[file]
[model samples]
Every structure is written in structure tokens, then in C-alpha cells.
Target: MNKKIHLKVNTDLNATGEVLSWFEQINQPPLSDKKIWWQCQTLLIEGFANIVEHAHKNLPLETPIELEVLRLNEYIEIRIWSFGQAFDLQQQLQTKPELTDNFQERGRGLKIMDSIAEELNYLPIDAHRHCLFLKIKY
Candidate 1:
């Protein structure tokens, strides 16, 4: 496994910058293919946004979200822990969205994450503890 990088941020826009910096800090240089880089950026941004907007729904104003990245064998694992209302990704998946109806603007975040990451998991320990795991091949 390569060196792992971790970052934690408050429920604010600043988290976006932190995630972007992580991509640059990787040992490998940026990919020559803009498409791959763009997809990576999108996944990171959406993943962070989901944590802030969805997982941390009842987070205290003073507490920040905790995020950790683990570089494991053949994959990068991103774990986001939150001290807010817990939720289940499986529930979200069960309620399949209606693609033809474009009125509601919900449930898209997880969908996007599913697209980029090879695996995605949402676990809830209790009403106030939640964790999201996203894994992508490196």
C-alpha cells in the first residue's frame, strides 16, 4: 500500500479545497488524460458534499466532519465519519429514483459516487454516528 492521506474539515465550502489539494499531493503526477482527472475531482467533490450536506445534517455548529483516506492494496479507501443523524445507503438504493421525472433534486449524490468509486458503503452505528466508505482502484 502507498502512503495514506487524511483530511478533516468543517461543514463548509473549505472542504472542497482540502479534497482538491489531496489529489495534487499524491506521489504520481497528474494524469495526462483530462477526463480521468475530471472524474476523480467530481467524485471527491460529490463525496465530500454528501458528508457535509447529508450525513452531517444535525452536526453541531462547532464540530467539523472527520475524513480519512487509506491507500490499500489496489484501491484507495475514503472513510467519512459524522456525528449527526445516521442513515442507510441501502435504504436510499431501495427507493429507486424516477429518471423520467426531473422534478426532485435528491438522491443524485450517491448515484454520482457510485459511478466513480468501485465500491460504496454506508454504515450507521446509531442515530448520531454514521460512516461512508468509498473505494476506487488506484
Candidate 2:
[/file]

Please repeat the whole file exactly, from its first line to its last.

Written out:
[model samples]
Every structure is written in structure tokens, then in C-alpha cells.
Target: MNKKIHLKVNTDLNATGEVLSWFEQINQPPLSDKKIWWQCQTLLIEGFANIVEHAHKNLPLETPIELEVLRLNEYIEIRIWSFGQAFDLQQQLQTKPELTDNFQERGRGLKIMDSIAEELNYLPIDAHRHCLFLKIKY
Candidate 1:
């Protein structure tokens, strides 16, 4: 496994910058293919946004979200822990969205994450503890 990088941020826009910096800090240089880089950026941004907007729904104003990245064998694992209302990704998946109806603007975040990451998991320990795991091949 390569060196792992971790970052934690408050429920604010600043988290976006932190995630972007992580991509640059990787040992490998940026990919020559803009498409791959763009997809990576999108996944990171959406993943962070989901944590802030969805997982941390009842987070205290003073507490920040905790995020950790683990570089494991053949994959990068991103774990986001939150001290807010817990939720289940499986529930979200069960309620399949209606693609033809474009009125509601919900449930898209997880969908996007599913697209980029090879695996995605949402676990809830209790009403106030939640964790999201996203894994992508490196």
C-alpha cells in the first residue's frame, strides 16, 4: 500500500479545497488524460458534499466532519465519519429514483459516487454516528 492521506474539515465550502489539494499531493503526477482527472475531482467533490450536506445534517455548529483516506492494496479507501443523524445507503438504493421525472433534486449524490468509486458503503452505528466508505482502484 502507498502512503495514506487524511483530511478533516468543517461543514463548509473549505472542504472542497482540502479534497482538491489531496489529489495534487499524491506521489504520481497528474494524469495526462483530462477526463480521468475530471472524474476523480467530481467524485471527491460529490463525496465530500454528501458528508457535509447529508450525513452531517444535525452536526453541531462547532464540530467539523472527520475524513480519512487509506491507500490499500489496489484501491484507495475514503472513510467519512459524522456525528449527526445516521442513515442507510441501502435504504436510499431501495427507493429507486424516477429518471423520467426531473422534478426532485435528491438522491443524485450517491448515484454520482457510485459511478466513480468501485465500491460504496454506508454504515450507521446509531442515530448520531454514521460512516461512508468509498473505494476506487488506484
Candidate 2: